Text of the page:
There are some things we just love to hate. A cursory examination of anecdotal evidence reveals filing taxes and text messages written exclusively in emoji are both pretty widely disliked. Another favorite punching bag of the masses, for reasons old and new, is Amazon.
Revelations about the E-commerce behemoth’s treatment of workers, shady environmental track record, and aggressive expansion tactics have rightfully given it a bad rep. Another aspect of its business Amazon gets raked over the coals for is online bookselling. If you already hated Amazon for corrupting the conventions of publishing and selling books, the kicker was yet to come, as we found out this week.
It wasn’t entirely unexpected, but when Amazon announced the launch of its first physical bookstore in Seattle, it was a rather unsavory development for many. The idea that the very corporation that had allegedly led to the mass extinction of mom and pop bookstores everywhere making an entry into the market was just too hard to stomach. Some likened it to Apple opening a record store, or AirBnB starting a hotel chain, or Ford selling horse-drawn carriages (maybe that last comparison was just me).
Since old wounds have been reopened and given the salt treatment, it’s worth assessing if Amazon did after all set off the decline of independent bookstores. And if it did, whether the means it used were fair or not.
Common Foes and Unlikely Friends
Amazon’s effect on independent bookstores is widely debated, but there’s an important third piece in the play – bookstore chains.
Large, corporately owned bookstores were the first real threat to independent sellers since both initially pursued offline methods. The two biggest players: Barnes & Noble and Borders, managed to corner a large part of the market thanks to their large inventories and wider reach. When Barnes & Noble and Borders were going gung-ho in the late ‘90s and early 2000s, independent bookstores took a significant hit. Borders had a total of 256 stores by 1999, a huge increase after having just 21 locations in 1999. Unable to keep up with competition, about 1000 independent booksellers shut shop between 2000 and 2007. After seeing immense growth in the ‘90s, Borders went belly up in 2011. Barnes & Noble also went through a tumultuous couple of years — as much a result of the onset of recession as competition from Amazon — but managed to scrape through.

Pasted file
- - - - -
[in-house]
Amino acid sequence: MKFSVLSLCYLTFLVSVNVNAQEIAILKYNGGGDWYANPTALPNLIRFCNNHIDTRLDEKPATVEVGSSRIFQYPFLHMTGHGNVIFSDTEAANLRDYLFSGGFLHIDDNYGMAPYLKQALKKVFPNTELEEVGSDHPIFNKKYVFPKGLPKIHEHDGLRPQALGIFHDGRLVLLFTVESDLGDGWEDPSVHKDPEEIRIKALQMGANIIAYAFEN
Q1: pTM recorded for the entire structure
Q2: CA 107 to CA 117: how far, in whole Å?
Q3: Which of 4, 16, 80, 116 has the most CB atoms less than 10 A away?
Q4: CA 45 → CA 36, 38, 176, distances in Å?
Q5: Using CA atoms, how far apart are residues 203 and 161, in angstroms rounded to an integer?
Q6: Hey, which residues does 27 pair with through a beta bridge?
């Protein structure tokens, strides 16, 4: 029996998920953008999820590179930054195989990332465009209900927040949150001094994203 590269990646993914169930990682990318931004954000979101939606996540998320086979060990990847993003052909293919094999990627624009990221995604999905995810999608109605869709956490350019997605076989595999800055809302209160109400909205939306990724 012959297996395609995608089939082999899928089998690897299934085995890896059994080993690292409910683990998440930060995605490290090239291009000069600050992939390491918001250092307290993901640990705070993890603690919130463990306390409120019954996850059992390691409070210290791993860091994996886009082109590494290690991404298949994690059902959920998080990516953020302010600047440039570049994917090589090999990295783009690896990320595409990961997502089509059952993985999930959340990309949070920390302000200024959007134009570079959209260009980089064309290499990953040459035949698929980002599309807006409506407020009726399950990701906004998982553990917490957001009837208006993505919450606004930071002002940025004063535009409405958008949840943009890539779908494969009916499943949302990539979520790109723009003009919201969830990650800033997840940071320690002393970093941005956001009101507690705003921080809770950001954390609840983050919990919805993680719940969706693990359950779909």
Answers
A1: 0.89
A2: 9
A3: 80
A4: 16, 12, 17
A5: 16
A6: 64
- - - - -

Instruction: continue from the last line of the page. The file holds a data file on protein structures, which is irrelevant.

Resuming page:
Coincident with chains being crushed under the weight of competition from Amazon, independent bookstores began a resurgence. Between 2009 and 2014, the number of independently owned bookstores increased from 1,651 to 2,094. So contrary to popular narrative, Amazon in fact contributed to smaller outfits making a comeback, just as it seemed they would be swallowed up by bookstore chains.
A lot of the criticism Amazon gets in the book industry is regarding its disruption of established practices, which is a rather myopic way to view what it does. Nobody writes eulogies for scrolls or woodblock printing anymore because we’ve found better ways to produce and disseminate information, which is what books are meant to do. The nub of the matter is if Amazon is good for books and access to books, and the answer is unequivocally in the affirmative.
Amazon has made acquiring and reading books vastly easier — its prices on e-books and physical copies are generally unmatched. Publishers hate the aggressive discounts Amazon offers because it undercuts their prices. But that’s just how the economy works — competition drives prices down, and it’s up to each player to strike a balance between attracting customers with subsidized prices and making profits.
The only real problem that arises is if Amazon becomes a monopoly. But as things stand, that is highly unlikely. Given the nature of its business, it always needs to be weary of what other substantial entities like Google and Apple are up to, both of whom have a presence in the e-book industry. As long as such competition exists, it will not be possible for Amazon to create a monopoly. With chains duking it out with Amazon, smaller sellers have the opportunity to stand out by doing what they’ve always done best – curation based on an intimate knowledge of customers, and offering the instant gratification of owning a physical copy of the moment customers spot it. As long as they offer that, there will always be a market for the small and idyllic independent bookstore.
Prateek Jose is a writer and engineering undergrad from India with an unhealthy obsession for obscure historical trivia. Conversations about absurdist fiction and the technological singularity make his day. He’s already uploading parts of his brain to servers by writing for websites such as this one.
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